The swabs were vortexed, and 50 μL of the media was subcultured on hematin agar medium 4.3% (w/v) (Columbia Blood Agar Base, Acumedia Neogen Corporation, Lansing, MI, USA) supplemented with 6% (v/v) chocolatized defibrinated horse blood and incubated at 36 °C aerobically. Samples were also subcultured on FAA plates (LAB 90 Fastidious Anaerobe Agar 4.6% (w/v); LAB M Ltd., Lancashire, UK), supplemented with 5% (v/v) defibrinated horse blood and incubated under anaerobic conditions (10% H2, 10% CO2, 80% N2) at 37 °C. After 24 and 48 h of aerobic incubation and 5 days of anaerobic incubation, bacterial growth was determined quantitatively (CFU/mL, colony-forming units per mL). Culture diagnostics and species verification were performed based on characteristic colony morphology and using routine diagnostic procedures, including MALDI-TOF mass spectrometry (MicroflexLT and Biotyper 3.1, Bruker Daltonics, Bremen, Germany).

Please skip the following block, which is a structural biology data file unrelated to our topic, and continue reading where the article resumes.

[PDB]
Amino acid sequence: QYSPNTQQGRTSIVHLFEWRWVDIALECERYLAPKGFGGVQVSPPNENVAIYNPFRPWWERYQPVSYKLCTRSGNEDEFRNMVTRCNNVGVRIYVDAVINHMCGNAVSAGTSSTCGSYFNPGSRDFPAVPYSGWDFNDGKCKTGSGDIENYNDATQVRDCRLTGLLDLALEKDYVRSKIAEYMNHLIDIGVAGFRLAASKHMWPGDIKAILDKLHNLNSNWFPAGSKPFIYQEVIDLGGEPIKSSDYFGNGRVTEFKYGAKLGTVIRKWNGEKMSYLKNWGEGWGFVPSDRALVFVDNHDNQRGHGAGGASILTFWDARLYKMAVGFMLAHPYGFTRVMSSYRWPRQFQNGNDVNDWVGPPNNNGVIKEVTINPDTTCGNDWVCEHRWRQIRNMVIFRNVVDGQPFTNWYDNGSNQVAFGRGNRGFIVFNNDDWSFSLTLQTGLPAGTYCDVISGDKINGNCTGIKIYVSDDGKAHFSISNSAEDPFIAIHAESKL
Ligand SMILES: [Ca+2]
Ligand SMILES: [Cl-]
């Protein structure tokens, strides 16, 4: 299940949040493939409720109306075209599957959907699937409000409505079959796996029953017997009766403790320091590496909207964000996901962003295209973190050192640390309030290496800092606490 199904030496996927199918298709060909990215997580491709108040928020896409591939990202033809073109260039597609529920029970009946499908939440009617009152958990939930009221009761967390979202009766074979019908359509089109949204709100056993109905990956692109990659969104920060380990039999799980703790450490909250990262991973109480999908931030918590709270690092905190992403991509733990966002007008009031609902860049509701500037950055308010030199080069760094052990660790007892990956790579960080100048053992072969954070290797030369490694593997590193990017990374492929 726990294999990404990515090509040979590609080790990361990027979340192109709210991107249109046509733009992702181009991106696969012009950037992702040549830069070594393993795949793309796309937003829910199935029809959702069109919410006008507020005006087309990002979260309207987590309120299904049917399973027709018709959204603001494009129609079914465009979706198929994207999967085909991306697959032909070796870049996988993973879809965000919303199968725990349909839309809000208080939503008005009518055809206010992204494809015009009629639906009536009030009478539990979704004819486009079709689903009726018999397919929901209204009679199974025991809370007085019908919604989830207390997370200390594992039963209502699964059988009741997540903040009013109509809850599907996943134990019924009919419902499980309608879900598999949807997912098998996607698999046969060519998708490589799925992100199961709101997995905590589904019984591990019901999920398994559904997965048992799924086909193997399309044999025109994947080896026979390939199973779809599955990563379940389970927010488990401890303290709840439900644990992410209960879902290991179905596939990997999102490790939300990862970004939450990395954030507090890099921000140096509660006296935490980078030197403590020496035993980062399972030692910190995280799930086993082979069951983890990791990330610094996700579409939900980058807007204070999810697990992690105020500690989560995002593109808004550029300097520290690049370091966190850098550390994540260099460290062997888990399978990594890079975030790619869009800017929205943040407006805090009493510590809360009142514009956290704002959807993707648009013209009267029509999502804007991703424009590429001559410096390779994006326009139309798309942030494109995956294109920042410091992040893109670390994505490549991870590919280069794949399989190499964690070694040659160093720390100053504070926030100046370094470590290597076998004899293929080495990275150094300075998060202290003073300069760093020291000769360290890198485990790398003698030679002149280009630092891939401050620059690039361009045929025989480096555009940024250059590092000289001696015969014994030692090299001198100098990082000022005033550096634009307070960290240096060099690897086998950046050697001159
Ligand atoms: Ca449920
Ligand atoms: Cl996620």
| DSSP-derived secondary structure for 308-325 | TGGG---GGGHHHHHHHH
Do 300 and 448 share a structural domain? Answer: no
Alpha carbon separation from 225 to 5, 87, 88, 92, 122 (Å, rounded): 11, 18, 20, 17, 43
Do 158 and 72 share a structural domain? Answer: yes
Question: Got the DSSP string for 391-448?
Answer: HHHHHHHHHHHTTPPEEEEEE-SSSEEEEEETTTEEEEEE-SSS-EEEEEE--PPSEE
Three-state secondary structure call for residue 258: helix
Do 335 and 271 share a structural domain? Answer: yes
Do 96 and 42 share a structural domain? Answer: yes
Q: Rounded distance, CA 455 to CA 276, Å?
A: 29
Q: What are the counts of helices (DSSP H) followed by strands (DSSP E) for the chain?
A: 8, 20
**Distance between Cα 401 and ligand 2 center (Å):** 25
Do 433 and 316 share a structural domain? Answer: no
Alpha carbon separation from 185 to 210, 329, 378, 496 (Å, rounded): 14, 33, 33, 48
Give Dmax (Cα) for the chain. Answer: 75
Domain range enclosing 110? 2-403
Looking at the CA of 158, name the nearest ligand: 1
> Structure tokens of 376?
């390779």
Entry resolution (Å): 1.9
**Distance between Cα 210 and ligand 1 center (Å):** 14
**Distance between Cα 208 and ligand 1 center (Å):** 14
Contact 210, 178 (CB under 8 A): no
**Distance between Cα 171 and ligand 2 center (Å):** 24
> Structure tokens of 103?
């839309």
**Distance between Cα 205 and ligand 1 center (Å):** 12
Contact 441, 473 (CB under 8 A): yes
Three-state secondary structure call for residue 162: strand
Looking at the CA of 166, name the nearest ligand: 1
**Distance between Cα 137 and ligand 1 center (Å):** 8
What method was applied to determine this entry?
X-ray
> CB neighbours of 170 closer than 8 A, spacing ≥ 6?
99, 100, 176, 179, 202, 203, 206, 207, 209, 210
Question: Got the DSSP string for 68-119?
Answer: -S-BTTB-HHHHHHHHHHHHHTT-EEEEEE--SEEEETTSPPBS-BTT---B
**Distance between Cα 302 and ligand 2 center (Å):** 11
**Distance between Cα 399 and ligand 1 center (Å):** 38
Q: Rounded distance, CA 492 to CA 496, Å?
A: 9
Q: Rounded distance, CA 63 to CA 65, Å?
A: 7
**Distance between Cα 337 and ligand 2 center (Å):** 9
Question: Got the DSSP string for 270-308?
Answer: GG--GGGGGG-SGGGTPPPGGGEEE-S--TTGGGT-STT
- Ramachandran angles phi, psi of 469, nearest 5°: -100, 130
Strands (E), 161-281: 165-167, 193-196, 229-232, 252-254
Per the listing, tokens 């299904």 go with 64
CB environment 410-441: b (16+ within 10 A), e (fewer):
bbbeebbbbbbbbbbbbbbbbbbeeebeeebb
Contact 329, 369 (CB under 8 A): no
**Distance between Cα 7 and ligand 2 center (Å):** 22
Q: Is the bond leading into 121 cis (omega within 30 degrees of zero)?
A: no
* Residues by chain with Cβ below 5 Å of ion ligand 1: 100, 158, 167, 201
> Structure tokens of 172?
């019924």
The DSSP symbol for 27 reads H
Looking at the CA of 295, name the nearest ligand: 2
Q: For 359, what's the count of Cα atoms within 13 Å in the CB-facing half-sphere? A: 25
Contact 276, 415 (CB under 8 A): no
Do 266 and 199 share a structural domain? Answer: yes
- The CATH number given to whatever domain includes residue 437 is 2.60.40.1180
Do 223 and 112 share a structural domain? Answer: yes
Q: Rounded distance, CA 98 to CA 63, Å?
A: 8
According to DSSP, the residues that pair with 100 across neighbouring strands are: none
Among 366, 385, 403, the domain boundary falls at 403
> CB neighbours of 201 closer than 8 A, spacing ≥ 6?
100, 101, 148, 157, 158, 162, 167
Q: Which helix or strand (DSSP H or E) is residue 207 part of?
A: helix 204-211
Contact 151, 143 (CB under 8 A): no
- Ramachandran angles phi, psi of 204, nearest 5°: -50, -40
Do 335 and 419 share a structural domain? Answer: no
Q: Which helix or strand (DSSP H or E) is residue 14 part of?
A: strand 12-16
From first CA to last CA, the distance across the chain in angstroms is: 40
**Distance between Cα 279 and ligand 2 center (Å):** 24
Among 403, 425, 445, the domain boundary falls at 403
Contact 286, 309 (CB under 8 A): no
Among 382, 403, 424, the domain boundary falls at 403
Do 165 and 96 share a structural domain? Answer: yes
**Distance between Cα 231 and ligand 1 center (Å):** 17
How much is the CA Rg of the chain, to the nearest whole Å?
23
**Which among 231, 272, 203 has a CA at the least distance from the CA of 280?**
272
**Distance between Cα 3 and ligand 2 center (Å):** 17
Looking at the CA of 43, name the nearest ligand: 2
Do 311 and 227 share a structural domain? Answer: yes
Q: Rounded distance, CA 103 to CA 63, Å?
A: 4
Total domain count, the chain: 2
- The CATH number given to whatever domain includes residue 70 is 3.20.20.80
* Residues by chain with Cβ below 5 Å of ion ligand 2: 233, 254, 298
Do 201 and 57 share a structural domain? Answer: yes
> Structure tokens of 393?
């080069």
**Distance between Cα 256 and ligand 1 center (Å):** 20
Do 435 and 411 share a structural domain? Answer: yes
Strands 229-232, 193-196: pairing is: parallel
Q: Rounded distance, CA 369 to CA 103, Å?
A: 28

No previous study has been performed on this specific topic so sample size calculation was not possible. This study will enable us to perform a power calculation for future research. Analysis was performed using SPSS version 22 (SPSS Statistics; IBM, Armonk, NY, USA). The Bacterial counts and other non-normal distributed variables were analysed with Mann-Whitney U test and Wilcoxon Sign Ranks test comparing repeated measurements. Categorical variables were evaluated with chi-square test or Fisher’s exact test, as appropriate. Descriptive statistics are presented as means, median, numbers, percentage, confidence interval, standard deviation, and interquartile range (IQR). A p-value < 0.05, two tailed, was considered statistically significant.